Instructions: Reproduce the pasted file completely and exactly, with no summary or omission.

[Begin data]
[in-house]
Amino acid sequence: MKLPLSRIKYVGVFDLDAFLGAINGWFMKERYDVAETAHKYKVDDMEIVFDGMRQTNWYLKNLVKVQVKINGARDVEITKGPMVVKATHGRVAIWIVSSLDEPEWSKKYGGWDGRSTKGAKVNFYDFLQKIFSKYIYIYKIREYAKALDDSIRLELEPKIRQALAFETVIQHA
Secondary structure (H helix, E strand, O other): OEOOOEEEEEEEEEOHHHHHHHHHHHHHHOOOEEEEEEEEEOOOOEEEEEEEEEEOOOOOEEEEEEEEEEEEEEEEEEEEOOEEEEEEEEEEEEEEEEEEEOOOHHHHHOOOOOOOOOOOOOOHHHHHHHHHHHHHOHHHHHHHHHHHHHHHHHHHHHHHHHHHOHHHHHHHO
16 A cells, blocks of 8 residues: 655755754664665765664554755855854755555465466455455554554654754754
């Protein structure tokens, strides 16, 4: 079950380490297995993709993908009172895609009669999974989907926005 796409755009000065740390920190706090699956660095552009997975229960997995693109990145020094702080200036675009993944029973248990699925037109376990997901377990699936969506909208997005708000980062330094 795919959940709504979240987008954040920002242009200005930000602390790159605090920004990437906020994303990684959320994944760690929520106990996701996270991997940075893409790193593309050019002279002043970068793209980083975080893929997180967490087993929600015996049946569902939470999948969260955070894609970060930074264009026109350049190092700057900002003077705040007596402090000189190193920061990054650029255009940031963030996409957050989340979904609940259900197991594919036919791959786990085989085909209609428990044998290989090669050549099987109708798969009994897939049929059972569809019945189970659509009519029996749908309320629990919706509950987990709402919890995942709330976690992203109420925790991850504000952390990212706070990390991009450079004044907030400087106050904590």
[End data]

[in-house]
Amino acid sequence: MKLPLSRIKYVGVFDLDAFLGAINGWFMKERYDVAETAHKYKVDDMEIVFDGMRQTNWYLKNLVKVQVKINGARDVEITKGPMVVKATHGRVAIWIVSSLDEPEWSKKYGGWDGRSTKGAKVNFYDFLQKIFSKYIYIYKIREYAKALDDSIRLELEPKIRQALAFETVIQHA
Secondary structure (H helix, E strand, O other): OEOOOEEEEEEEEEOHHHHHHHHHHHHHHOOOEEEEEEEEEOOOOEEEEEEEEEEOOOOOEEEEEEEEEEEEEEEEEEEEOOEEEEEEEEEEEEEEEEEEEOOOHHHHHOOOOOOOOOOOOOOHHHHHHHHHHHHHOHHHHHHHHHHHHHHHHHHHHHHHHHHHOHHHHHHHO
16 A cells, blocks of 8 residues: 655755754664665765664554755855854755555465466455455554554654754754
């Protein structure tokens, strides 16, 4: 079950380490297995993709993908009172895609009669999974989907926005 796409755009000065740390920190706090699956660095552009997975229960997995693109990145020094702080200036675009993944029973248990699925037109376990997901377990699936969506909208997005708000980062330094 795919959940709504979240987008954040920002242009200005930000602390790159605090920004990437906020994303990684959320994944760690929520106990996701996270991997940075893409790193593309050019002279002043970068793209980083975080893929997180967490087993929600015996049946569902939470999948969260955070894609970060930074264009026109350049190092700057900002003077705040007596402090000189190193920061990054650029255009940031963030996409957050989340979904609940259900197991594919036919791959786990085989085909209609428990044998290989090669050549099987109708798969009994897939049929059972569809019945189970659509009519029996749908309320629990919706509950987990709402919890995942709330976690992203109420925790991850504000952390990212706070990390991009450079004044907030400087106050904590």